“If it ain’t broke, don’t fix it. The saying’s as true of the human body as it is of a washing machine or a blender. A good surgeon knows that if you go screwing around with something that doesn’t need screwing, you are the one who is liable to end up screwed.”
One of those things on television that doesn’t appear “broke” is Grey’s Anatomy, heading into its 14th season on ABC. By now Shondra Rhimes must own a pretty big piece of ABC. OK, she doesn’t likely own any of Disney, ABC’s parent company, but if this were a game of Monopoly, Rhimes would be smiling all the way to the fake bank. She owns more real estate here than anyone else. And while she may not be laughing all the way to the fake bank, I suspect the real banks are holding a good stash of cash for the Madam of Prime Time.
If you want some history of the show, we’ve reviewed most of the eight seasons that have come before now. You can catch them here: Previous seasons. But this is not the kind of a show you can just start with on the 13th season and get much out of. If you’re not familiar with the cast and crew, start from Season One and work your way up. This review just isn’t for you. Fans wanting to continue the ride…read on.
It’s become a bit of a tradition over the last few years that a character exits Grey’s Anatomy each year. Usually it’s someone big. Rhimes likes to get you to fall in love and then rip them away from you when you least expect it. Of course, actors and contracts really determine these things as often as a sadistic writing room. This season it was Sara Ramirez’s Callie Torres. She’s been there almost from the start and is the gone character starting Season 13. The rather interesting thing here is that I do not recall one mention of the character throughout the 13th season. That part is a bit unusual. By the time the season ends, it is Jerrika Hinton who is leaving the show for a new series called Here, Now. So, that tradition has been carried over to the 14th season.
Along with all of the rotating beds and interesting patients, there are two rather large story arcs that play out over Season 13. The first actually picks up from the final moments of Season 12 when Alex (Chambers) walks in on Jo (Luddington) and DeLuca (Gianniotti) in what appears to be a compromising situation. He ends up beating him so bad that he requires extensive surgery, and it’s the potential end of his career. The result is an arrest, and he faces the possibility of prison time. That story pretty much plays out for the first 10 episodes or so. There are consequences down the road, but it eventually yields to a much larger story that delivers most of this season’s drama.
Catherine (Allen) pressures Bailey (Wilson) into hiring a gung-ho new head of teaching for the hospital when it appears students fail there but become stars elsewhere. Worse, they do it behind Weber’s (Pickens, Jr.) back. When Dr. Eliza Minnick (Dominczyk) bursts into the scene, a civil war begins that puts pretty much all of the characters on one side or another. This is one of the biggest and most effective story arcs the series has ever done. For a while the focus isn’t so much on who is sleeping with whom and becomes more of a look at the internal politics of a place like this. Well… at least until Arizona (Capshaw) decides she finds the young woman attractive and betrays her friend. Too often the show has hinted at these kinds of things but pulls back too quickly with a sudden and often unlikely solution like buying the hospital. I give the writers credit for playing this one out for all of the drama they could. It pays off quite wonderfully.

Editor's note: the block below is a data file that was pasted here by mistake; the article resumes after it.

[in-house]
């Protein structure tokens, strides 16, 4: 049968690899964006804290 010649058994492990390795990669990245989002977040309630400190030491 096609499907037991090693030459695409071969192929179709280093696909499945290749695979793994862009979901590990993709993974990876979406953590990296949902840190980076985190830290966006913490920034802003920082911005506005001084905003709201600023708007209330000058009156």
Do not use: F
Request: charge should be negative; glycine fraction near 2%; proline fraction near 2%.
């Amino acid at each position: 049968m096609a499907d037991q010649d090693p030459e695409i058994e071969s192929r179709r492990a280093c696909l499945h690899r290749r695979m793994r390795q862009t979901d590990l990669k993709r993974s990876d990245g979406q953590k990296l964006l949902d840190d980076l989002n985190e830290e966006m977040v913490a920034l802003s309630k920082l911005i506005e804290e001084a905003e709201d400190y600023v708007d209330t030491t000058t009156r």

This also brings some of the character motivations and personalities to the surface. Honestly, I’ve never liked the Catherine Avery character. I always found her a bully and morally bankrupt. That’s not often a problem on a show, but I honestly don’t think the writers are doing that intentionally. Rhimes is huge on creating powerful women, and I suspect they see Avery’s flaws as positive traits.
In the fiery season finale we get a sub-story that gives me a chance to say I told you so. Years ago when Owen’s (McKidd) old buddy and brother-in-law Riggs (Henderson) they were fighting over the death of Owen’s sister and Riggs’s wife. But I pointed out in my review then that her body was never recovered and will certainly be the spark of a story in the future. I was sure we would see her again. It’s just a glimpse, but she figures to play a huge part in the current season. I told you so!
You get all 24 episodes on six discs with deleted scenes and a short gag reel.
Grey’s Anatomy has resurrected itself from more than one season on the bubble. Now it goes into a 14th season with the long-anticipated next spinoff due to arrive soon. Rhimes continues to dominate the network’s prime-time schedule. It’s fair to ask how I keep up with it all. “Writing it down helps me remember.”